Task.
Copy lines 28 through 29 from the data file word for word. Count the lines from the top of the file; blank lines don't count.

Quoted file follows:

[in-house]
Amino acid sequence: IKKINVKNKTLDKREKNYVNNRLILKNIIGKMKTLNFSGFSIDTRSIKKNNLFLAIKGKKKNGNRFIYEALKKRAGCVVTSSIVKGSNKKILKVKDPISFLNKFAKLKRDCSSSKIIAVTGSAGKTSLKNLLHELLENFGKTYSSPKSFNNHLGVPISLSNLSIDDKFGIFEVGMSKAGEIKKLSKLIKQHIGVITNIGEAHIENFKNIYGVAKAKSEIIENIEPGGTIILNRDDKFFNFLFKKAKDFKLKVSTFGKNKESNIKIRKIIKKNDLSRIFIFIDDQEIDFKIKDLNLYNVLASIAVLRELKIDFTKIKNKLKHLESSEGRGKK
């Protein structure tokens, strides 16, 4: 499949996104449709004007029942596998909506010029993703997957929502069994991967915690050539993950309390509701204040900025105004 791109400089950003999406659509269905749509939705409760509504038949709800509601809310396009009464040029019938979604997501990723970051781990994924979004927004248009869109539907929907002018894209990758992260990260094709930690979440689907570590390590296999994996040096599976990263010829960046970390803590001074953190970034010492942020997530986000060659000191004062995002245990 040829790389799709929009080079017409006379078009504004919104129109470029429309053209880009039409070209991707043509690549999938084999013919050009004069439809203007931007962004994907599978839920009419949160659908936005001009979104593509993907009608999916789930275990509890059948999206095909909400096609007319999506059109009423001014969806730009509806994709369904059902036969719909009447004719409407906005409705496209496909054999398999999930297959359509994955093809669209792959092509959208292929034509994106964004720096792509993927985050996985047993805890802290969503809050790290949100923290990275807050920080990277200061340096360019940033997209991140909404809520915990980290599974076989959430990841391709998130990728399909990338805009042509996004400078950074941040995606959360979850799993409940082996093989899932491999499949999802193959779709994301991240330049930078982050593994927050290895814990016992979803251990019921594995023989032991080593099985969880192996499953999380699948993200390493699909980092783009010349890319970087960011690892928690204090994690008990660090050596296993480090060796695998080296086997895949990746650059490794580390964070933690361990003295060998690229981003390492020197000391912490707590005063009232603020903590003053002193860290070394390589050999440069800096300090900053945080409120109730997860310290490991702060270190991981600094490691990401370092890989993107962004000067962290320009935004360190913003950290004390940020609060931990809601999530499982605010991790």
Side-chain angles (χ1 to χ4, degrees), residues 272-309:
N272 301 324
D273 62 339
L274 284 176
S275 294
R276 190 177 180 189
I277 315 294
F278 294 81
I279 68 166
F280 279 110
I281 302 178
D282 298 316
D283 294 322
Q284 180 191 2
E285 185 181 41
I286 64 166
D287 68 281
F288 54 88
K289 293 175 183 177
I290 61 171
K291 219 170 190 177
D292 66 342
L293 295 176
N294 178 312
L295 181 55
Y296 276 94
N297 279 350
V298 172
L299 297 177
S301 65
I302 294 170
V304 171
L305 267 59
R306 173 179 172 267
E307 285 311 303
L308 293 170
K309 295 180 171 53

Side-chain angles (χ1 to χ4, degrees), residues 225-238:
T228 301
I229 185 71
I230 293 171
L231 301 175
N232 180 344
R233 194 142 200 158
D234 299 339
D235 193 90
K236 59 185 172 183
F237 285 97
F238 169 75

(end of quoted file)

L295 181 55
Y296 276 94